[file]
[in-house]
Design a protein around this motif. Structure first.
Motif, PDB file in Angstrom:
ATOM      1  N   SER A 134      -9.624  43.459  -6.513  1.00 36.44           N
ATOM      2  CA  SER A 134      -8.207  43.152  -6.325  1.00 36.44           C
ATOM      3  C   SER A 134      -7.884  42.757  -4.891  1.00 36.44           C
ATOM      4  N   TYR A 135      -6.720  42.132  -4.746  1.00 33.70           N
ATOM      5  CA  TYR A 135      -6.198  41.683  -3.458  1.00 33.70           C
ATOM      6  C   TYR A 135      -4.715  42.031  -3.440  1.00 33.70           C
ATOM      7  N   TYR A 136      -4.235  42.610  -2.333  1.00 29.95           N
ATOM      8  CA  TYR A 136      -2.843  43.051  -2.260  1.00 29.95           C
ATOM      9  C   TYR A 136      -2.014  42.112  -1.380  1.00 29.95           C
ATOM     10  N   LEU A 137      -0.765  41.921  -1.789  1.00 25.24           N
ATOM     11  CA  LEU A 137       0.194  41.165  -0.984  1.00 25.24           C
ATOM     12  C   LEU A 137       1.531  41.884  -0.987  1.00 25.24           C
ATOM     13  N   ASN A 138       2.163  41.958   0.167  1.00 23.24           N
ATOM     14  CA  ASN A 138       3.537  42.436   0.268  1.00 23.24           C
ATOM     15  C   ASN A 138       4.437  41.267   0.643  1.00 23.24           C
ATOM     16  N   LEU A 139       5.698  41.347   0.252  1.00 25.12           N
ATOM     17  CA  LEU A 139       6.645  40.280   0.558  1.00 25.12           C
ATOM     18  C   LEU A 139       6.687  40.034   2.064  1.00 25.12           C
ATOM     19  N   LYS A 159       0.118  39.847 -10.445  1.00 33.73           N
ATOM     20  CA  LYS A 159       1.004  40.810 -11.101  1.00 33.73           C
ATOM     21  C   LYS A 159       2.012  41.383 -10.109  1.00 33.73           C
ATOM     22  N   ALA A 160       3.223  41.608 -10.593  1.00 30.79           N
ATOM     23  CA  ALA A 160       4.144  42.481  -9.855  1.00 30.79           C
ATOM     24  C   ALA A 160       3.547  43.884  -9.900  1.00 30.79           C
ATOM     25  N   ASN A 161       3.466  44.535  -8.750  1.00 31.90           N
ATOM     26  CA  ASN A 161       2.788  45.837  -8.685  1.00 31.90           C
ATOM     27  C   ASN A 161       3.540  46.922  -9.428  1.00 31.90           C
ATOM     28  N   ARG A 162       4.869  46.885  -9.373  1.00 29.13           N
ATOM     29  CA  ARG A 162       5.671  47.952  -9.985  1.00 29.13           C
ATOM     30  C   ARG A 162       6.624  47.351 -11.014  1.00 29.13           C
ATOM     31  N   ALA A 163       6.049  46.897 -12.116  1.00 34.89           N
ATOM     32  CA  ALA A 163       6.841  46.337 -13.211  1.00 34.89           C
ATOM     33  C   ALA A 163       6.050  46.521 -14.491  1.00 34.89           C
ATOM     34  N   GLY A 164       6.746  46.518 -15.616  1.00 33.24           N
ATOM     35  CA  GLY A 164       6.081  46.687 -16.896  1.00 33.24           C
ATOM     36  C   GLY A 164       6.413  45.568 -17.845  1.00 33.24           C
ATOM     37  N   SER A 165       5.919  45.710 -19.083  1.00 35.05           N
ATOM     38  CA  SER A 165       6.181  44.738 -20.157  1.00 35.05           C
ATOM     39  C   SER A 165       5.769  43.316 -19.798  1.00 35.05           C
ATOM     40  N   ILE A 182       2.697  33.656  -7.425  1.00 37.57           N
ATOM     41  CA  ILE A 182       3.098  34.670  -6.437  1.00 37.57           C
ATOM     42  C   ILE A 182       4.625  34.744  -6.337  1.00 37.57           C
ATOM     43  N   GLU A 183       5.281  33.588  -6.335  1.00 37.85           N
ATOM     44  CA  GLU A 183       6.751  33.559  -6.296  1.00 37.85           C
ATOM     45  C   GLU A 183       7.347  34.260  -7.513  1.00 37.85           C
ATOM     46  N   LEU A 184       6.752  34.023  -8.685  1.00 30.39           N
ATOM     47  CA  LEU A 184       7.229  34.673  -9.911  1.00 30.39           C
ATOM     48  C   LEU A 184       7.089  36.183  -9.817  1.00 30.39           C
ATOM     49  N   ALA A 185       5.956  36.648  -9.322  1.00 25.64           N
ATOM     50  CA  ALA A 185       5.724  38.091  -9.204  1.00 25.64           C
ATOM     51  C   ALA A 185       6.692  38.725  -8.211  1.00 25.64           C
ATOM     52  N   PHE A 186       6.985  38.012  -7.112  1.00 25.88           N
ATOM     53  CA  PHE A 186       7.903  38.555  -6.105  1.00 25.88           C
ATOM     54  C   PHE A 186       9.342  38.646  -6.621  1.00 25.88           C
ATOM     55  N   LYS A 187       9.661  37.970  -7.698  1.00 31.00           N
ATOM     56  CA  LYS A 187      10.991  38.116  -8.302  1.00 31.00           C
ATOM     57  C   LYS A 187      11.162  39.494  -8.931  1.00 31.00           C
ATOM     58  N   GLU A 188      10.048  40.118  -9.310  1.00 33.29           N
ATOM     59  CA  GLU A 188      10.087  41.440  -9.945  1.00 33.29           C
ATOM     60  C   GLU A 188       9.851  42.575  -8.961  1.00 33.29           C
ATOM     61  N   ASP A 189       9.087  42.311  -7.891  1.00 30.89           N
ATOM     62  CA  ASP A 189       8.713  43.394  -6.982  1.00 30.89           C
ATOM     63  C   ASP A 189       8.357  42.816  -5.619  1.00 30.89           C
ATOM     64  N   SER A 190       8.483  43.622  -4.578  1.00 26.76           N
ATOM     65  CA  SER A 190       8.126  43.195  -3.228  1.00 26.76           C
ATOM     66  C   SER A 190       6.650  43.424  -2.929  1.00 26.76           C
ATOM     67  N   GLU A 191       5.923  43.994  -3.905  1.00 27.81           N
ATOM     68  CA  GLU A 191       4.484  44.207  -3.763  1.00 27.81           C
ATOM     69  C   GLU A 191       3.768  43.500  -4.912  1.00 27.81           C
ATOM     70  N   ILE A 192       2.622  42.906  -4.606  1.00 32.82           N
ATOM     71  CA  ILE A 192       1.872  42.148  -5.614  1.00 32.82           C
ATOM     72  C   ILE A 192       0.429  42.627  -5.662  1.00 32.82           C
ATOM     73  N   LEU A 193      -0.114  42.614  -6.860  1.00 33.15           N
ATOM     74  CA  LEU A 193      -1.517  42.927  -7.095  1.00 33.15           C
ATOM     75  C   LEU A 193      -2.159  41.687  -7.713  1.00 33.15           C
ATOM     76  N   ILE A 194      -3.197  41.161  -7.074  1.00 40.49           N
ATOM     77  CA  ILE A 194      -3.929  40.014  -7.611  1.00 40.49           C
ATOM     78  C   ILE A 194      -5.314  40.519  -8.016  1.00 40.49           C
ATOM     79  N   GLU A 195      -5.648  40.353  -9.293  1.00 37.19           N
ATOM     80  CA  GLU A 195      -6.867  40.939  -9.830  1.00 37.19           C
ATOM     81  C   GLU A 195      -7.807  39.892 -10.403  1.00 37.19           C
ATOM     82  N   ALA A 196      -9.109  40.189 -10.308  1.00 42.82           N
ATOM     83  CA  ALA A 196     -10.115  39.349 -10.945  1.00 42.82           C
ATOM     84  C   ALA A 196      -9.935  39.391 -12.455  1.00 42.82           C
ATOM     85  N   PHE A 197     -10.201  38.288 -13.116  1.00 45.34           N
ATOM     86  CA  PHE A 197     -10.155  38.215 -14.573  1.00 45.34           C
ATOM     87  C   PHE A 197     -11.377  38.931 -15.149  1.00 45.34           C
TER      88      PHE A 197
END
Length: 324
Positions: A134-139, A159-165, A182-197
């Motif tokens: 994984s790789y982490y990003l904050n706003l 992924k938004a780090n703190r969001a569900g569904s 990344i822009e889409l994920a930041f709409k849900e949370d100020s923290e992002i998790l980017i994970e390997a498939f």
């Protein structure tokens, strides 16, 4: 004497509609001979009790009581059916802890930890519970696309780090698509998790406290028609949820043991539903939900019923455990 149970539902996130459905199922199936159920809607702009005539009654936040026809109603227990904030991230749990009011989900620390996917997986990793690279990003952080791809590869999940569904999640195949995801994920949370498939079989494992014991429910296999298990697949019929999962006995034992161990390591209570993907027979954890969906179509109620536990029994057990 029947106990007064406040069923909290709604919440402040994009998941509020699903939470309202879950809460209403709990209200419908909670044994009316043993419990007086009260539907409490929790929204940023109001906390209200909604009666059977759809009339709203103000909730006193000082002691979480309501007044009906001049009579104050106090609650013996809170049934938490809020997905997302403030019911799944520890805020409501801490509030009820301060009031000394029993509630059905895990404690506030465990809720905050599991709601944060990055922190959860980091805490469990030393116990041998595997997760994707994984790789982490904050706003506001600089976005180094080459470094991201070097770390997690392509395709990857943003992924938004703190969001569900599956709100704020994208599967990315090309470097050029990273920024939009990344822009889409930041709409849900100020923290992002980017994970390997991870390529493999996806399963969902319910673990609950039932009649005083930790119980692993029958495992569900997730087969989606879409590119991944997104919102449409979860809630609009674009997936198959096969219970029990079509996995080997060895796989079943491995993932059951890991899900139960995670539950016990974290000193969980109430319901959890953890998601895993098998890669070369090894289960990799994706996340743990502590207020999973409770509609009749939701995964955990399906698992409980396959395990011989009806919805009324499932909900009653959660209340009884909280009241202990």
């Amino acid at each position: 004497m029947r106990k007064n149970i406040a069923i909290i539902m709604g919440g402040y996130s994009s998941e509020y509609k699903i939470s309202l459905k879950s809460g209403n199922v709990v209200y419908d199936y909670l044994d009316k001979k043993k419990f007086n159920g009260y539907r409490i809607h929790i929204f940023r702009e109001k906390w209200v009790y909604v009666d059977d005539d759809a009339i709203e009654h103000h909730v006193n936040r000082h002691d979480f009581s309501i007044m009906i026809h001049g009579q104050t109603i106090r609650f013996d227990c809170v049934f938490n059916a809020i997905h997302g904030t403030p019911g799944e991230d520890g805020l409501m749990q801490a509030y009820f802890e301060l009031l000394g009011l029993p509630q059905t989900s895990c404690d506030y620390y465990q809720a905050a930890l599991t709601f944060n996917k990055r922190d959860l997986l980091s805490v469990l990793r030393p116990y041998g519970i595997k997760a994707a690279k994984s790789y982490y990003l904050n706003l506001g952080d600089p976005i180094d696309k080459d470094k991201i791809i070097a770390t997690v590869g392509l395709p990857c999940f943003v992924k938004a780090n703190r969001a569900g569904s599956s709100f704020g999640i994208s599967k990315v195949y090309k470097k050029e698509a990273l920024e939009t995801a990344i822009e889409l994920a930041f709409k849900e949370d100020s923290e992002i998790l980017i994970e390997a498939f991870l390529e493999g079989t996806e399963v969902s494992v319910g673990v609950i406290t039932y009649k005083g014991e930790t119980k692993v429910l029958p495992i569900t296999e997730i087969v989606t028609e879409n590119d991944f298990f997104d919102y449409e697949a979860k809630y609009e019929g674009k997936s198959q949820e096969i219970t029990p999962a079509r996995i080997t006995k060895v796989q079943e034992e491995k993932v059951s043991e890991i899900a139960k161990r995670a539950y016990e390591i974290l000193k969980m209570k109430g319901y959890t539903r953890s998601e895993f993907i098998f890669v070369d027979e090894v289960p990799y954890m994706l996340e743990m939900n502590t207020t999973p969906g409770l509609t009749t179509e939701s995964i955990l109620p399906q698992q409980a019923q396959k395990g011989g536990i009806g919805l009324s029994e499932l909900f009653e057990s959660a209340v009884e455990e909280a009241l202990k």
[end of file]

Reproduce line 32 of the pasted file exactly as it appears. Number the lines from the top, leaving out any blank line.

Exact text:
ATOM     29  CA  ARG A 162       5.671  47.952  -9.985  1.00 29.13           C